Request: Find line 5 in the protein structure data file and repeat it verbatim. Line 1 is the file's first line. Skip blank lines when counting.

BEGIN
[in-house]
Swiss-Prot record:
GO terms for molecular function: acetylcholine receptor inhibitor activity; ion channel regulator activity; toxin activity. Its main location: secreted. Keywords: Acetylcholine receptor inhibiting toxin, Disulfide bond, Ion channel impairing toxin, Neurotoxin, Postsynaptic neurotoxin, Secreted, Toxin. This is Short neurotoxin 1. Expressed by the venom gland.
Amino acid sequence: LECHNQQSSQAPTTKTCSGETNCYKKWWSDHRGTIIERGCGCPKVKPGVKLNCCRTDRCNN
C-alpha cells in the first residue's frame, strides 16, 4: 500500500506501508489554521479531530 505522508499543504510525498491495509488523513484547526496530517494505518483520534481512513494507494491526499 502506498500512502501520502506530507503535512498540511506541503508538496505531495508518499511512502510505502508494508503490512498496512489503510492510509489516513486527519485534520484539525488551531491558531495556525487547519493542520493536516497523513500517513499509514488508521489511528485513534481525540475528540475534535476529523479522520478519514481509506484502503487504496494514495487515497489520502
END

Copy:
C-alpha cells in the first residue's frame, strides 16, 4: 500500500506501508489554521479531530 505522508499543504510525498491495509488523513484547526496530517494505518483520534481512513494507494491526499 502506498500512502501520502506530507503535512498540511506541503508538496505531495508518499511512502510505502508494508503490512498496512489503510492510509489516513486527519485534520484539525488551531491558531495556525487547519493542520493536516497523513500517513499509514488508521489511528485513534481525540475528540475534535476529523479522520478519514481509506484502503487504496494514495487515497489520502